Grace Baptist Church

 Dansville, NY

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Contributors

Stacie Gibson is Matt's wife, a mother of 4, a busy homemaker and home-educator in addition to being a certified ACBC counselor.  She is a guest blogger at Biblical Counseling for Women.

Barb Leaman is a children's Sunday School teacher and a teacher's aide for the Hornell Jr and Sr. High Schools.  She is wife to Glenn and mother to an adult daughter.

Dave Theobald
is the preaching and teaching elder at Grace Baptist Church.  He is married to Jamie and has two sons, Job and Jonathan.

Rob Wilson is a deacon of Grace Baptist Church, a veterinarian specializing in large animals, a farmer, a husband to Kim, and father to 3 energetic kids.  

Ustad ("teacher," in local dialect) is a global partner of GBC, who shares stories and perspectives from the field, for our encouragement and to help orient us on things eternal. 

Jonah vine
By Ustad

Jonah has shown us a contrast between Jonah's disobedience and the obedience of the rest of the cast of characters. It has shown us a contrast between Jonah's self-centeredness and God's compassion. Finally, we are going to see a contrast between Jonah and a New Jonah -- the Lord Jesus Christ.

What winds up as a contrast actually begins with several points of comparison. Jonah and Jesus are both prophets sent on a mission by God. Jonah and Jesus are both found sleeping in the bottom of a boat during a storm and are used to calm the waters. Jonah spends three days in the belly of a fish and Jesus three days in a grave. It is this last parallel that Jesus picks up on in the gospels.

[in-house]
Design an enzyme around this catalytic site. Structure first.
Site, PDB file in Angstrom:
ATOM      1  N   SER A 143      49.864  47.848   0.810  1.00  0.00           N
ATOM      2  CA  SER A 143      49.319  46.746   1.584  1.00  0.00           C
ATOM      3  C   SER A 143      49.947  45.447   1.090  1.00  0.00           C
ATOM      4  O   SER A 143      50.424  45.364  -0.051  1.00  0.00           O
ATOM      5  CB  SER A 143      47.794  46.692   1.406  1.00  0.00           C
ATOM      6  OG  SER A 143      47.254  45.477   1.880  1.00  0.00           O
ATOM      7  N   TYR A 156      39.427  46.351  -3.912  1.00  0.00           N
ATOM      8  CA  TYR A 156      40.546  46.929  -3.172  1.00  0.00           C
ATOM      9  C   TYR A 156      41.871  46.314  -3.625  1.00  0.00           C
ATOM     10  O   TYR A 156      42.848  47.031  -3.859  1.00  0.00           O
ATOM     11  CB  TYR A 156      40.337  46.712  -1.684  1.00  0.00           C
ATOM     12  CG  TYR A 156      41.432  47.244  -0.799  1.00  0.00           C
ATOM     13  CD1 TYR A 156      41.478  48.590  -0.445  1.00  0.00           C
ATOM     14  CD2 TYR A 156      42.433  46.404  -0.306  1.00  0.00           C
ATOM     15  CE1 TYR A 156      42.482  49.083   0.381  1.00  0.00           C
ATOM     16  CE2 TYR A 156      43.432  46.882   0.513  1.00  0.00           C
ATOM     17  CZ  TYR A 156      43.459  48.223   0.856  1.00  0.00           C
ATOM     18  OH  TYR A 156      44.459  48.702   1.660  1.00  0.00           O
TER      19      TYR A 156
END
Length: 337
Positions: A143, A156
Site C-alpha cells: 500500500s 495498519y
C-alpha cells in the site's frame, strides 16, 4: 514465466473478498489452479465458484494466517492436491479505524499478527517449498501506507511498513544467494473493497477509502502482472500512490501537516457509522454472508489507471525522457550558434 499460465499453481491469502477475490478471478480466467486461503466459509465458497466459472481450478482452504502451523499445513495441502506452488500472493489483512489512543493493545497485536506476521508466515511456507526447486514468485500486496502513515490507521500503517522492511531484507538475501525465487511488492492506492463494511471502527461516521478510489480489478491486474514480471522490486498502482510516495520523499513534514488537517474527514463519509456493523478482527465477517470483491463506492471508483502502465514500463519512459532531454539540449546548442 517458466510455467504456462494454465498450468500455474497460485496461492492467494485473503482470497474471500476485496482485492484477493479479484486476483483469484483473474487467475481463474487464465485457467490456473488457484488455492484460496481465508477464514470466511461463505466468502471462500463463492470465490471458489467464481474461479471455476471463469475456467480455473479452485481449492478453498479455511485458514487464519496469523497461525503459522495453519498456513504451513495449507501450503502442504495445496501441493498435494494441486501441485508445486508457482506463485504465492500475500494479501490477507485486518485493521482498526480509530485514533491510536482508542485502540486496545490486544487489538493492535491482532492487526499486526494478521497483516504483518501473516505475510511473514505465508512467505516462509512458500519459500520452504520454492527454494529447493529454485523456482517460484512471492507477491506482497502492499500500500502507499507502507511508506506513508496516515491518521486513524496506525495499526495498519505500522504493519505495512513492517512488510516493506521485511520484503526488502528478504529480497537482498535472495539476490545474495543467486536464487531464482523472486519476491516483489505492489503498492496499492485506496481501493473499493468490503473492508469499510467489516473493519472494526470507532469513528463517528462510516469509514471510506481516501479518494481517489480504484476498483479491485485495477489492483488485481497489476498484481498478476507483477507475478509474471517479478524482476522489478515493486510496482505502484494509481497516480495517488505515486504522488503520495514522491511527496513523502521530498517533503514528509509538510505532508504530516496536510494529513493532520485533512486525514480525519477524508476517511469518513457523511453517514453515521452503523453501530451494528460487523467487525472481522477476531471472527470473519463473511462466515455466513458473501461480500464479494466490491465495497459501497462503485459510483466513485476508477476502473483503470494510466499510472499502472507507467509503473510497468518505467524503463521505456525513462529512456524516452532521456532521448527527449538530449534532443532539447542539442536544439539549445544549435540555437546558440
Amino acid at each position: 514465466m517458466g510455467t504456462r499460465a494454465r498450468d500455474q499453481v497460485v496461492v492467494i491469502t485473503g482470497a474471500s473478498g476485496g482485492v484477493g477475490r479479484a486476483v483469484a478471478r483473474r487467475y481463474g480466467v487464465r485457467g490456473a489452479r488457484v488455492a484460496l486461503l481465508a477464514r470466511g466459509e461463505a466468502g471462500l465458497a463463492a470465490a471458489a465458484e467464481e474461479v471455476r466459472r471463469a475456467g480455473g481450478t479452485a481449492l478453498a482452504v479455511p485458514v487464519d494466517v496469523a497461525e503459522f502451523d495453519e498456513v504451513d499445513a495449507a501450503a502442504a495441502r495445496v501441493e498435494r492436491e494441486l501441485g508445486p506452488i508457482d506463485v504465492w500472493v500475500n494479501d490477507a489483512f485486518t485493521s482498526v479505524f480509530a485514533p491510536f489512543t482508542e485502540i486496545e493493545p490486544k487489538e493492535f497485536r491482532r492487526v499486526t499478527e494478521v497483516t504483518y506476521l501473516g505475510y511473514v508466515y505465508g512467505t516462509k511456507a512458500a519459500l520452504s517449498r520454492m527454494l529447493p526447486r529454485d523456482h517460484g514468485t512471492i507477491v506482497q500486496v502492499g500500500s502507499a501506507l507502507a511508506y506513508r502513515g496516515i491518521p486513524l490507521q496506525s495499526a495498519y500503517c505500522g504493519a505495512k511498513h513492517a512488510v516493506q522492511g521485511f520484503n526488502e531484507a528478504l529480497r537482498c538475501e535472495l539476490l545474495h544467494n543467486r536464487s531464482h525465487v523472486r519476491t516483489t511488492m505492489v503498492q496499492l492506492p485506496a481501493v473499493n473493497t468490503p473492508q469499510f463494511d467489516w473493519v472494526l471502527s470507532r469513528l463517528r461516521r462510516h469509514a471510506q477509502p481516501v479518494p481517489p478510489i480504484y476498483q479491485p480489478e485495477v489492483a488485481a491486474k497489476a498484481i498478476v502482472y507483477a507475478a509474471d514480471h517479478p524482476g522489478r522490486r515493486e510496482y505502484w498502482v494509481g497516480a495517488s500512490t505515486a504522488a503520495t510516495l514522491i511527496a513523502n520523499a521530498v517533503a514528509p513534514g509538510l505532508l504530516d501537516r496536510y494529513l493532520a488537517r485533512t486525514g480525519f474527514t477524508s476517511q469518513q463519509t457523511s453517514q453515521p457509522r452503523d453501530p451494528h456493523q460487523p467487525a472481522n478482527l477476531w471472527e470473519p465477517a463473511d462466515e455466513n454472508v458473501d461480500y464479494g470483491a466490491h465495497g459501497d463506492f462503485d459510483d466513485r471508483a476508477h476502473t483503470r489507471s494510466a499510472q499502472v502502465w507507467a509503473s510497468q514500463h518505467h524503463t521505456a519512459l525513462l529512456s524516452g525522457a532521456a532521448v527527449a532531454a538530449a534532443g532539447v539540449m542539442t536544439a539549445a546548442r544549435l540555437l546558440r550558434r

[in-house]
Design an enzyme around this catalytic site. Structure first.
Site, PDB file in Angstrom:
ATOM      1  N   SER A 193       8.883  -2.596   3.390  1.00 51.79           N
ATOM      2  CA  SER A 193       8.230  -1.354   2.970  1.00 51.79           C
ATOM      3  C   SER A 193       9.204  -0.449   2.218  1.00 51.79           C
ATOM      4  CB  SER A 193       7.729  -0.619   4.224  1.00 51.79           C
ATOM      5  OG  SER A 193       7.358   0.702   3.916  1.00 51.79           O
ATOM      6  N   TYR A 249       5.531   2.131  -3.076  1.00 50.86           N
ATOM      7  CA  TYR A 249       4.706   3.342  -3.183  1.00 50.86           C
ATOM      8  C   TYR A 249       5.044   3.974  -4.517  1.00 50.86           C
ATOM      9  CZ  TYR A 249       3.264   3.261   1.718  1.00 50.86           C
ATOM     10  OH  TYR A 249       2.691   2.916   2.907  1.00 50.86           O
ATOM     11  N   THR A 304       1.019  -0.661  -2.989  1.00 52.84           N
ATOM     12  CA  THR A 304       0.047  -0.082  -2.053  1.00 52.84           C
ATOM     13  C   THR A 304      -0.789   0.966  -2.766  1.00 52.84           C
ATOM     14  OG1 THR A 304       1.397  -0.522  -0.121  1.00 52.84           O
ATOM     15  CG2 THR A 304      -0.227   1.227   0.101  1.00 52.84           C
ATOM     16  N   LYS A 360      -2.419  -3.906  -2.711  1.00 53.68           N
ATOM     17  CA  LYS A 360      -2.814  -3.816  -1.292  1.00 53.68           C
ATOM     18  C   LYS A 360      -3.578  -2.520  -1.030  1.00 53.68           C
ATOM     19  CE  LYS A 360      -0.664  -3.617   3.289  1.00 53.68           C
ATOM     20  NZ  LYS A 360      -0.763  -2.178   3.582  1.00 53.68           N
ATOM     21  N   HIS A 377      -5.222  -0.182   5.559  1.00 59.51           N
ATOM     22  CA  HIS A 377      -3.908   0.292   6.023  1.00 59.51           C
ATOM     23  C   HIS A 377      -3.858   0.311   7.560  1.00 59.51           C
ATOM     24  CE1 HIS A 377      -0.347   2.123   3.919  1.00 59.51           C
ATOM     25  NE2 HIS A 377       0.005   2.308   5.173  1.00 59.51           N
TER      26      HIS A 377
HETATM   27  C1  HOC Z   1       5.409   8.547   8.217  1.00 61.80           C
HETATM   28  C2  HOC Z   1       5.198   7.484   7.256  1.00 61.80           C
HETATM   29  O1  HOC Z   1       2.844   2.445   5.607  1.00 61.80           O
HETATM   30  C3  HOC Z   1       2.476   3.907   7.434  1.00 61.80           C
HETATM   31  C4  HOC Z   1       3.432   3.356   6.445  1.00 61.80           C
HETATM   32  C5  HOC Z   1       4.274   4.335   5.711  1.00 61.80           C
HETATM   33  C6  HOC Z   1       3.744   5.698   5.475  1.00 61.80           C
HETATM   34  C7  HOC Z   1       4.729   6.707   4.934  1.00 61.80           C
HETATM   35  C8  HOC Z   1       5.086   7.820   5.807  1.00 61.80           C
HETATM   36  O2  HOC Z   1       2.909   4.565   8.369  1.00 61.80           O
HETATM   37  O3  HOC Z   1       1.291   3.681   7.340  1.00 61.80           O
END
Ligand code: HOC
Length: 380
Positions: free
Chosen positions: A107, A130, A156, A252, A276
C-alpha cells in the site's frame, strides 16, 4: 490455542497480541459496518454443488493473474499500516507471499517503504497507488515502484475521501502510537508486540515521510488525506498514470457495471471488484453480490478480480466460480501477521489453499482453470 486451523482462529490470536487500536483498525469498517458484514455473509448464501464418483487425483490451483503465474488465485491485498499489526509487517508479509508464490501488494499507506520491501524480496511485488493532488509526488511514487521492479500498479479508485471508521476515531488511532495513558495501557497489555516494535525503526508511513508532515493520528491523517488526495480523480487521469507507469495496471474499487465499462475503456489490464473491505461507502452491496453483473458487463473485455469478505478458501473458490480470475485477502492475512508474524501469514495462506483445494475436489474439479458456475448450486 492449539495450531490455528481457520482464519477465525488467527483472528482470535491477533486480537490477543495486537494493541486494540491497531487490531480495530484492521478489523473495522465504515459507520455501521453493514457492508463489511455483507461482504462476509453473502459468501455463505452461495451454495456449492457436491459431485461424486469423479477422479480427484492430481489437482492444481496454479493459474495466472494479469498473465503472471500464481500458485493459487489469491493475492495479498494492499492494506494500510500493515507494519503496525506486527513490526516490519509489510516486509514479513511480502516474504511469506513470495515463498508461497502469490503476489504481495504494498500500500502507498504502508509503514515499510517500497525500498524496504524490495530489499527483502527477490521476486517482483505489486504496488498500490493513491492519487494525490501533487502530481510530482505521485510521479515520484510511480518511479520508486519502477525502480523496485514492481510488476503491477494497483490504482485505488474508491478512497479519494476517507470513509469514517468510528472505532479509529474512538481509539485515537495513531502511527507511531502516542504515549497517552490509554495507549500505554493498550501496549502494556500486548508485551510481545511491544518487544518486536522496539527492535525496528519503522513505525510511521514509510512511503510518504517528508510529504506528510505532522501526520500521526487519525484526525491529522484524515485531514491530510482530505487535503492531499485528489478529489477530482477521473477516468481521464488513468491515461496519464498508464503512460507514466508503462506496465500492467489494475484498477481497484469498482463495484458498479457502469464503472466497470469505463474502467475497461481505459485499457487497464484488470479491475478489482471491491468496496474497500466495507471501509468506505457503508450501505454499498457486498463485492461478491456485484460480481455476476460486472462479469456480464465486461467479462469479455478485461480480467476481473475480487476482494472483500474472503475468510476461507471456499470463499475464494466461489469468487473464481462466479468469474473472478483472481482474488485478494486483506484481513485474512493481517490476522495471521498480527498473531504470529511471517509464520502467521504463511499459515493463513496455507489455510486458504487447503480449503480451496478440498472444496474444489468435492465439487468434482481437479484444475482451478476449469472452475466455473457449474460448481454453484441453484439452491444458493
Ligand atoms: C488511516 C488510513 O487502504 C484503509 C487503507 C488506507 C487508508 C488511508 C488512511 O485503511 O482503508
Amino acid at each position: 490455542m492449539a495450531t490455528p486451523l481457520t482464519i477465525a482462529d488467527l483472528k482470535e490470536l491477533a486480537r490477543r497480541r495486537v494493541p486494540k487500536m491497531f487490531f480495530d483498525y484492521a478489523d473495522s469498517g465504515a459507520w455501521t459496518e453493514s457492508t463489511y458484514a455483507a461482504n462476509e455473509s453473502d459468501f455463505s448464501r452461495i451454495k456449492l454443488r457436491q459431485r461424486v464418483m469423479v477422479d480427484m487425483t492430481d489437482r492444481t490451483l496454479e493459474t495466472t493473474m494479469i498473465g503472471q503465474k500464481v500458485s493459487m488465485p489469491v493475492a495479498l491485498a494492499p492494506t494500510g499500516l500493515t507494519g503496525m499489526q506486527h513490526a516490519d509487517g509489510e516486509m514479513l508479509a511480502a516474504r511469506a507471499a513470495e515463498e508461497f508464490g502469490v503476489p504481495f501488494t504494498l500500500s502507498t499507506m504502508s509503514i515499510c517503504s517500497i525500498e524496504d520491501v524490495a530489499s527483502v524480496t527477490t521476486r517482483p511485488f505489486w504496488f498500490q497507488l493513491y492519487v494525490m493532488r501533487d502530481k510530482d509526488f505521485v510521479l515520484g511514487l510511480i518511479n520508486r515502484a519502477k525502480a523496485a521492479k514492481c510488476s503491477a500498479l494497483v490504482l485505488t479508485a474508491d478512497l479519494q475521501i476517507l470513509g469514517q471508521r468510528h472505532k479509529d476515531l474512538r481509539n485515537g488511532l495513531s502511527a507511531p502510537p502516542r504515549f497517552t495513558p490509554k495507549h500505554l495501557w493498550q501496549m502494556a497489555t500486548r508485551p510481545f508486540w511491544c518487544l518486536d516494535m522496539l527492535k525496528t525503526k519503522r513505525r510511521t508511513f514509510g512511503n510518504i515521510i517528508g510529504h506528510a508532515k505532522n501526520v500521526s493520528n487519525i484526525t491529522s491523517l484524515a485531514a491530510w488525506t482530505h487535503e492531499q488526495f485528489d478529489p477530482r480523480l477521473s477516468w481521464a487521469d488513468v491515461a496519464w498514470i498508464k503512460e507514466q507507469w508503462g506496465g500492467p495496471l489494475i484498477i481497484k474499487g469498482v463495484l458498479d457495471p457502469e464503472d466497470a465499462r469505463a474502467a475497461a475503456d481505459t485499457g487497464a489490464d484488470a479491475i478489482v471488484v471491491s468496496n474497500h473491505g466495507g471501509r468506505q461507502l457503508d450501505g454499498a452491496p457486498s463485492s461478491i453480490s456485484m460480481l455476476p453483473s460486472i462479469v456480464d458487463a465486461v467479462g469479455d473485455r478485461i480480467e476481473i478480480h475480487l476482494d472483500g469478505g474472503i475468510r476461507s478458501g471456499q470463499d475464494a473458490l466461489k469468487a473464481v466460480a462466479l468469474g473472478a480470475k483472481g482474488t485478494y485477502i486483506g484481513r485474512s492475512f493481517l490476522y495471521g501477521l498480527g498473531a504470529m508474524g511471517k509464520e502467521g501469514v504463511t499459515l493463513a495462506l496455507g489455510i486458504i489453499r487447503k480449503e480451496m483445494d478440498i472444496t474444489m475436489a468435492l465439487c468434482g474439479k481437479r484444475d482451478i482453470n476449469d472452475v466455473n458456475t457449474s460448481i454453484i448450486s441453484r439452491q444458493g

“A wicked and adulterous generation demands a sign, but none will be given it except the sign of the prophet Jonah. For just as Jonah was three days and three nights in the belly of the great fish, so the Son of Man will be three days and three nights in the heart of the earth. The men of Nineveh will stand at the judgment with this generation and condemn it; for they repented at the preaching of Jonah, and now One greater than Jonah is here" (Matthew 12:39-41).

I think what Jesus is saying is something like this: Before Jonah's preaching came the miraculous sign of "resurrection" after three days in a fishy "grave." That sign was part of what gave his message power, which led to the Ninevite's repentance. Though the text is silent on the details, we could perhaps picture Jonah still reeking with the acids of the fish's stomach arriving at the gates of Nineveh, with word of his remarkable deliverance proceeding him. Now the Ninevites are really listening up!

In the same way, Jesus will pass through death into resurrected life, and he will proclaim a message of repentance and faith in the gospel. "Listen to me," says Jesus, "or your judgment will be compounded because you ignored such a clear sign of my authority and of the power of God to judge and to redeem."

Over every Old Testament type, the Lord Jesus is better, greater, and higher. He is the New Adam, succeeding where the first man failed. He is the New Israel, fulfilling all of God's purposes for His people. He is the New Moses with a better law, the New Aaron with a greater priesthood, the new David with a better kingship, the New Solomon with a superior wisdom. And he is the New Prophet, the Greater Jonah, who fully obeys, fully reflects God's heart, and offers a fuller deliverance. Unlike Jonah, who deserved to be thrown into the waters of God's fury, the Lord Jesus knew no sin. He voluntarily gave up His life in order to save the many, and His message, "Father forgive them," is one of infinitely more sincere and potent love.

Hallelujah, what a Savior!

So finally, Jonah leads us to worship Jesus Christ. Jesus' followers recognize that He now stands in the place of the sending God, so that part of our fitting worship is to follow Him wherever He sends, and wherever He has already gone.

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